We also contributed to a report of a radical decline in the amount of Ni in Proterozoic oceans, as measured by the amount of nickel precipitated in BIFs. Under low-Ni conditions, methanogens are put at a competitive disadvantage and less methane is emitted into the atmosphere. The Ni decline was attributed to the cooling of the Earth, and is a demonstration a geological influence on biological evolution.

In addition to our work on Archean biogeochemistry, we have also made progress in our ability to measure the atmospheric surface pressure of the Archean.

Modeling Archean Surface Environments:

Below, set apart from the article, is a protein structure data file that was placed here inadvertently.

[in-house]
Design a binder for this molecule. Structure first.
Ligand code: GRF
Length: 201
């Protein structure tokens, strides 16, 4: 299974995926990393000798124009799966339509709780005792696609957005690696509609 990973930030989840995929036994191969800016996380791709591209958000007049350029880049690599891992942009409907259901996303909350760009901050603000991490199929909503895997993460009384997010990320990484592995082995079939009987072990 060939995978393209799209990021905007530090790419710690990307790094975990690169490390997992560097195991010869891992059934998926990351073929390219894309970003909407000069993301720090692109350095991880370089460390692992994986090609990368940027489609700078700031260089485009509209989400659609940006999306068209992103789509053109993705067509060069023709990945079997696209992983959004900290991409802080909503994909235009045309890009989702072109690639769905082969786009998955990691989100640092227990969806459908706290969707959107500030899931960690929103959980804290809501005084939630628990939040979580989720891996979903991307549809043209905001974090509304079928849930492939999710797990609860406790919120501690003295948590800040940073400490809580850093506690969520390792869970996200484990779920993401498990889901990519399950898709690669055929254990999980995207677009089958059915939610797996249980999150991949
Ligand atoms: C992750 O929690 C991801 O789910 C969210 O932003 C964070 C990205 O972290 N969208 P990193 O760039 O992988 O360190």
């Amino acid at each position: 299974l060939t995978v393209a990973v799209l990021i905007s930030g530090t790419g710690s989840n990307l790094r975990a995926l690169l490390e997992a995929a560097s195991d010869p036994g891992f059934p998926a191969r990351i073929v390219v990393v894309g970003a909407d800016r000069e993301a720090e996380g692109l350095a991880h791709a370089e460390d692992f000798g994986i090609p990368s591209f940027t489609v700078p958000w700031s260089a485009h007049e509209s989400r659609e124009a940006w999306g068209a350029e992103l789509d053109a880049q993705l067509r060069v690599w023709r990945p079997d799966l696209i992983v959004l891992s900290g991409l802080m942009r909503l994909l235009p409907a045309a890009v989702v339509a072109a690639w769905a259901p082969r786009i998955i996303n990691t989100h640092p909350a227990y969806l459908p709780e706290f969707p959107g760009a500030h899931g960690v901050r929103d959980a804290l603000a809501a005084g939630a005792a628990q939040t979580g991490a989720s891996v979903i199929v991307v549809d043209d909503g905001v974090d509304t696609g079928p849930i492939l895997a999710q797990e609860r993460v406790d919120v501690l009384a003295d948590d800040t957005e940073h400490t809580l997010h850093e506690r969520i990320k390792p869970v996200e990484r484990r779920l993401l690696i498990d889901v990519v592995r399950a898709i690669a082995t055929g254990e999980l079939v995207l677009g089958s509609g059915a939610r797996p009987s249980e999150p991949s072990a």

Model improvements were made to our 1-D photochemical code so that it can simulate the transition from anoxic to oxic conditions; this also allows us to model a wider variety of expolanets. Our climate code has been improved through the addition of new greenhouse gases and particle species. Our atmospheric escape code now includes multiple species (Feng et al., 2008).

Models were used to simulate Archean climate (Haqq-Misra, et al., 2008, Figure 1 below) and produce spectra of Archean-like planets. These spectra included the effects of organic Sulfur species that may be signatures of anoxic biospheres (Domagal-Goldman et al., 2009; see also VPL Project Report on Detectability of Biosignatures).